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San Francisco Rejects 'Ration Law' Buildings : Planning Commissioners Contend Proposed Architectural Design Not Pleasing Enough

June 01, 1986|RALPH SHAFFER | Special to The Times

SAN FRANCISCO — This city means business. Real estate developers can either shape up new buildings to the Planning Commission's liking or forget it. That was evident last week when the real estate community saw how the still-controversial Downtown Plan will influence the city's future skyline.

Three applications, which would have added about 800,000 square feet of office space, were knocked off the high-rise permit list. Earlier last month, the commissioners had voted to disapprove these same three projects because most felt the designs were not architecturally pleasing enough.

Other commissioners were opposed because of the city's already high office vacancy rate of about 17%. The commission rejected one application outright, and the other two, turned down previously, were withdrawn by developers.

The rejected project can be appealed to the Board of Permit Appeals or wait one year before reapplying to the commission. The withdrawn ones can be started over again by resubmitting applications.

San Francisco's building selection process is the result of the Downtown Plan limitation of new high-rise construction to 2.85 million square feet for the next three years. Some of this total already has been approved--leaving about 1.6 million square feet for future high-rise projects vying against each other. There is not enough room for all contestants to squeeze under the Downtown Plan limitation.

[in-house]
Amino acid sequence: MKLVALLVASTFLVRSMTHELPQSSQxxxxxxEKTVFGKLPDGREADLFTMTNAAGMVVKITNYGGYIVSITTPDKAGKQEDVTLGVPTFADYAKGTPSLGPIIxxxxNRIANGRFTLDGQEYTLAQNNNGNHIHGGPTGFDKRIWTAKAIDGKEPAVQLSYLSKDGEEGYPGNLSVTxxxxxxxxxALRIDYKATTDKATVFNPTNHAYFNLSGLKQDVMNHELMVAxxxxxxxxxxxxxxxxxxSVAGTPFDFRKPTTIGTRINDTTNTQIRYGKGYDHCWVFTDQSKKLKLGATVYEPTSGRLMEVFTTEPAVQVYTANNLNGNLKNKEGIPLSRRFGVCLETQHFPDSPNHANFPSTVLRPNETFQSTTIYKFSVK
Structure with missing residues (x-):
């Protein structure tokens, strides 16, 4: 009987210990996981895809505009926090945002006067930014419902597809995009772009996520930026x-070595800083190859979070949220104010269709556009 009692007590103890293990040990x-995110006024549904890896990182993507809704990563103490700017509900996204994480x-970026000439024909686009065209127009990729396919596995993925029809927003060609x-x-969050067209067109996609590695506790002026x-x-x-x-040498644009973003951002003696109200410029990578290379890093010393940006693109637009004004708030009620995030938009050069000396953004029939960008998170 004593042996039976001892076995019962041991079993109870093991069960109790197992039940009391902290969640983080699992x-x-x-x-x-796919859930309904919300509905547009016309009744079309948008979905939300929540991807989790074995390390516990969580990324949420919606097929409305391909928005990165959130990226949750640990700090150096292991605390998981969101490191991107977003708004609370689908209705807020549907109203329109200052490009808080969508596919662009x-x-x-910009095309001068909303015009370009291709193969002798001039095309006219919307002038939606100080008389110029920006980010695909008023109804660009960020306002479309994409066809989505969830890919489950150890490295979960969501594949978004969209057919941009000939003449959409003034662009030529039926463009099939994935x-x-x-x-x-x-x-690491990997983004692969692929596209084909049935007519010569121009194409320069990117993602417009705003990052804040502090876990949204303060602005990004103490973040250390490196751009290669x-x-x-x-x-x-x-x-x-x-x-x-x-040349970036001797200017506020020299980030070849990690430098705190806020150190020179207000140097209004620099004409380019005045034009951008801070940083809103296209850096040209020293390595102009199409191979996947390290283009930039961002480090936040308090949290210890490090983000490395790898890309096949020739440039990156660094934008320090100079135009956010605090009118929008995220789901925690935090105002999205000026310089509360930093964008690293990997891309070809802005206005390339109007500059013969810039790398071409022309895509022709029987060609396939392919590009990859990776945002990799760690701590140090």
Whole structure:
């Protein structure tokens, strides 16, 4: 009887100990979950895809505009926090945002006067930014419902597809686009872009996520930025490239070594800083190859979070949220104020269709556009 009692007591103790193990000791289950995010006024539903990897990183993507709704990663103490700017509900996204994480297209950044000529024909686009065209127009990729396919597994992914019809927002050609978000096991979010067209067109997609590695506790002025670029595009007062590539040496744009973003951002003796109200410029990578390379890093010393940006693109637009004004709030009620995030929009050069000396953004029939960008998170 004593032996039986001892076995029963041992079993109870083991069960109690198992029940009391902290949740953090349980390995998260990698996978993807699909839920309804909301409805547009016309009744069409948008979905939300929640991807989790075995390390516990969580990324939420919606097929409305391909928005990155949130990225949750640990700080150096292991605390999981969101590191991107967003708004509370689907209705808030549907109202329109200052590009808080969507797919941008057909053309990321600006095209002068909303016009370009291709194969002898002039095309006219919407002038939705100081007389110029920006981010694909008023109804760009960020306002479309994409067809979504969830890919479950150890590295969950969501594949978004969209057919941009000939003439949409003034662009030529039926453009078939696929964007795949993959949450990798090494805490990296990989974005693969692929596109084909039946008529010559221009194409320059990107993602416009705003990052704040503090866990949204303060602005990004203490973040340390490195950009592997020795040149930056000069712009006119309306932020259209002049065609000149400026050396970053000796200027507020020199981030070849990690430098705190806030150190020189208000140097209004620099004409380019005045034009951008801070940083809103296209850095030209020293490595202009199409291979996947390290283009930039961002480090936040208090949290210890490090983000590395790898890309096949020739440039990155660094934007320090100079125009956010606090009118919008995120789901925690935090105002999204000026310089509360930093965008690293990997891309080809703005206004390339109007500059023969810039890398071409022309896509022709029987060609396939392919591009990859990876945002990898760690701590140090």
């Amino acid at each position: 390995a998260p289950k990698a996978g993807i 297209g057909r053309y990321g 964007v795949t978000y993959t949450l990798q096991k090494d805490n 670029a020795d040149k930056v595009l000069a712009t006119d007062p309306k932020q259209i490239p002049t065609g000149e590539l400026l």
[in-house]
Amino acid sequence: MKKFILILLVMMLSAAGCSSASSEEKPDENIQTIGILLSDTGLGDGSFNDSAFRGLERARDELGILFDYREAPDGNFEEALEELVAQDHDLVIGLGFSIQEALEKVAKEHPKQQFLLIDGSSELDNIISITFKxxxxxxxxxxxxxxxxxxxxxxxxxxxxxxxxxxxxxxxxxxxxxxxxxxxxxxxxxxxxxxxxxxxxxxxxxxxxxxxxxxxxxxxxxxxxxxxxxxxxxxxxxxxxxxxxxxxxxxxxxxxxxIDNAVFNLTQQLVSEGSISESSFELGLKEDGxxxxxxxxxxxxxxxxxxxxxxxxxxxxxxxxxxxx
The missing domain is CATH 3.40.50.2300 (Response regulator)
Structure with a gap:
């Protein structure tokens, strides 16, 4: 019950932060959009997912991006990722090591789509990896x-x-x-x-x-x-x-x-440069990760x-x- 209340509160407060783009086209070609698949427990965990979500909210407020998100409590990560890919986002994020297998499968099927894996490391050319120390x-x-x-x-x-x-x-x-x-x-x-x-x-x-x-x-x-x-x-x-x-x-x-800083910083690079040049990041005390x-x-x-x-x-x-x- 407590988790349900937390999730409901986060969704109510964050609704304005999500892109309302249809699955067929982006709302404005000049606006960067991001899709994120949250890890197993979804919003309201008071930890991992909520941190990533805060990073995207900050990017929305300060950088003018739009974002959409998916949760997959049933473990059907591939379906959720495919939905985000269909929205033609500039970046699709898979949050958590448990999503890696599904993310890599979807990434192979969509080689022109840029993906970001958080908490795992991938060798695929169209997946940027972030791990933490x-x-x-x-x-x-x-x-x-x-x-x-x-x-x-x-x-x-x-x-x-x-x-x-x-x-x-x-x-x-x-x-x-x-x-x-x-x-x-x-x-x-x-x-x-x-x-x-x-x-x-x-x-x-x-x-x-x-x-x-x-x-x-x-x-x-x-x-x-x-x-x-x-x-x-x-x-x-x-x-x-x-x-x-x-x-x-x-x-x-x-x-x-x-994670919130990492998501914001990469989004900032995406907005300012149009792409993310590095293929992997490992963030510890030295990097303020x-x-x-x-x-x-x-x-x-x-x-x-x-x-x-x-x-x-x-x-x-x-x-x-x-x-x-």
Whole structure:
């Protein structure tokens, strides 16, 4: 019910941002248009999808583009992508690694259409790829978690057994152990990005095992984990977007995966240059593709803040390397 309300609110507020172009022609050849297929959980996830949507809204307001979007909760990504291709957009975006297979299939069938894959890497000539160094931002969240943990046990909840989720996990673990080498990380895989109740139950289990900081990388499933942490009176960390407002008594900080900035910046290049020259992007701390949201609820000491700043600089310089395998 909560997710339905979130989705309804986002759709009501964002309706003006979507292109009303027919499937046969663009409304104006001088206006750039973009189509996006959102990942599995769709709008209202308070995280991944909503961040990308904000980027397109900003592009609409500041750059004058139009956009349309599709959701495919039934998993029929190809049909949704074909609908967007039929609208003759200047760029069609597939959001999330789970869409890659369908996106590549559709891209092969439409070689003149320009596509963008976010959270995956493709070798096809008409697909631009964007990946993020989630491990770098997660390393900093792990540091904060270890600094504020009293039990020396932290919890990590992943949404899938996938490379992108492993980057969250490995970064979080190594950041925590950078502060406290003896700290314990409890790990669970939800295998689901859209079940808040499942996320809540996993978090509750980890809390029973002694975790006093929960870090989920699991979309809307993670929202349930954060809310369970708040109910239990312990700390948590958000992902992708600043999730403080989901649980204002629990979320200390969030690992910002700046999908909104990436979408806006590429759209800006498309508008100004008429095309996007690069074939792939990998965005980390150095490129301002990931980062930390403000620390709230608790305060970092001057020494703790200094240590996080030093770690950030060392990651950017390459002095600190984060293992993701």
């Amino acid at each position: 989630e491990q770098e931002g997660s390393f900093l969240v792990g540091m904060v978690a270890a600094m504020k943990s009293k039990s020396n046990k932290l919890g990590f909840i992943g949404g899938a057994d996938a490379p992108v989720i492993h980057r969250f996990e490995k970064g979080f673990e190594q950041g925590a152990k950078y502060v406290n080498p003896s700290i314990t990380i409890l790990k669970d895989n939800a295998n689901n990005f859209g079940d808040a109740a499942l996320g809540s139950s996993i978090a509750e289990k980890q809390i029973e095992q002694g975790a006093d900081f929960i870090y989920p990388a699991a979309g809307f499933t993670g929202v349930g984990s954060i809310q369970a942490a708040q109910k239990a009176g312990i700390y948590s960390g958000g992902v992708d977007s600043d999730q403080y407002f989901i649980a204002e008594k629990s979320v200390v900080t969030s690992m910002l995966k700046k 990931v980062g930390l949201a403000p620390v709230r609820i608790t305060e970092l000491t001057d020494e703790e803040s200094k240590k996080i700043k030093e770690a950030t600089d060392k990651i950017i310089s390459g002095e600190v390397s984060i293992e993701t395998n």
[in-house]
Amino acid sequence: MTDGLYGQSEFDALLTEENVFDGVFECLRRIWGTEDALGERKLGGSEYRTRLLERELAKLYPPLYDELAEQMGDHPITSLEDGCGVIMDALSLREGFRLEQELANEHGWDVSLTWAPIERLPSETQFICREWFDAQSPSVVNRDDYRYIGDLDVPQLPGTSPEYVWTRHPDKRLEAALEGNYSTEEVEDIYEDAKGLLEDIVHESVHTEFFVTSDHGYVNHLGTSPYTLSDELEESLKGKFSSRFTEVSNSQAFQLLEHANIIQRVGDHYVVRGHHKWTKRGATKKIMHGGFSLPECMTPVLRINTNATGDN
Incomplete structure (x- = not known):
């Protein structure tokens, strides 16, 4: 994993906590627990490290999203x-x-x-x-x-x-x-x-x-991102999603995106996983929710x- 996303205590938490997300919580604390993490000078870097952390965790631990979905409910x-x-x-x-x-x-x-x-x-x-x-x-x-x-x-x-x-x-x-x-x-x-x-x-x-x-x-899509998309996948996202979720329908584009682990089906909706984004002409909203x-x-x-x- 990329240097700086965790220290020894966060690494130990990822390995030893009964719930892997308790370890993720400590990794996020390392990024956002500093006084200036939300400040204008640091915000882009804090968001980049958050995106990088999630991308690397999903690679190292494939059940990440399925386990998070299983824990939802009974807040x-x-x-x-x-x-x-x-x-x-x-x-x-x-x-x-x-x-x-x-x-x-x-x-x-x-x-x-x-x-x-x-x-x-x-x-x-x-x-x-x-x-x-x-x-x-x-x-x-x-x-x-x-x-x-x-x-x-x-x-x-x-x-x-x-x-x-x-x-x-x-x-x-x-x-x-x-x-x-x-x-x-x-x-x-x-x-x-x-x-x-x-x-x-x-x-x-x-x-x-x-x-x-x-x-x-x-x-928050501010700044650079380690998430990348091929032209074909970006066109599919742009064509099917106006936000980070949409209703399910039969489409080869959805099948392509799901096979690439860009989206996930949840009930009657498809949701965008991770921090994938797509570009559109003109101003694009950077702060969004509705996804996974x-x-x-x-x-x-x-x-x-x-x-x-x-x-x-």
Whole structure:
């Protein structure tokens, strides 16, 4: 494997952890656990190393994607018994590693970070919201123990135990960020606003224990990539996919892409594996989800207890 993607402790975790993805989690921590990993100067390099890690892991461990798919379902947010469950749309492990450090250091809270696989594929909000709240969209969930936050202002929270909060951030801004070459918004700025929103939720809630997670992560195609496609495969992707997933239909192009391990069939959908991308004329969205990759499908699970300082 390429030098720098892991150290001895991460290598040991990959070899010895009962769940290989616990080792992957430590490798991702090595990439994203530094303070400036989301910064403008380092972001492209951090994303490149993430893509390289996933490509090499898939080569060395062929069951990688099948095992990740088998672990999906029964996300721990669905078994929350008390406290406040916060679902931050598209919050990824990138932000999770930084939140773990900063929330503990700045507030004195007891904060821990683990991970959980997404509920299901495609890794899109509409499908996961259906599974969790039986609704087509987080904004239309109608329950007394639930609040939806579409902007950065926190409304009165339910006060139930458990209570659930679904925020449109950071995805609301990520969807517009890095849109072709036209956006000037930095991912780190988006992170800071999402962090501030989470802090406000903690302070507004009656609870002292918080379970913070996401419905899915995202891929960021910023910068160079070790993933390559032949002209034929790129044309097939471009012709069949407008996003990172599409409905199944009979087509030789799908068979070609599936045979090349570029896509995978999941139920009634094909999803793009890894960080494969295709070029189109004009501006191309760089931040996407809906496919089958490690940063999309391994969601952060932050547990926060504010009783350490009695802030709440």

Local developers, builders and architects are finding the commission's first refusals disturbing.

"Many of us have expended several hundred thousands of dollars," one company official said, "to make these presentations. And while it's true we can re-present these applications at the next commission hearing, the outlay seems heavy in terms of what we can expect."

Dean Macris, city planning director, said his department is trying to devise new ways to cut down preliminary presentation costs--perhaps by calling for smaller and less elaborate scale models and less paper work.

The city's space rationing plan for office buildings will have a decided effect on limiting downtown growth, analysts point out. But continued pressure on both sides of the question--to build or not to build--could eventually create further controversy about the Downtown Plan; perhaps enough for an attempt to amend the existing legislation.

Lined up against the no-growth idea are those who say high office vacancies make rate negotiations easier for new tenants, and therefore more office space would not necessarily be detrimental. Others, like the organization, San Franciscans for Reasonable Growth, support the Planning Commission's policy because of the overbuilt high-rise situation.

According to the original plan, the city's Planning Commission will continue to hold high-rise application hearings at six-month intervals.

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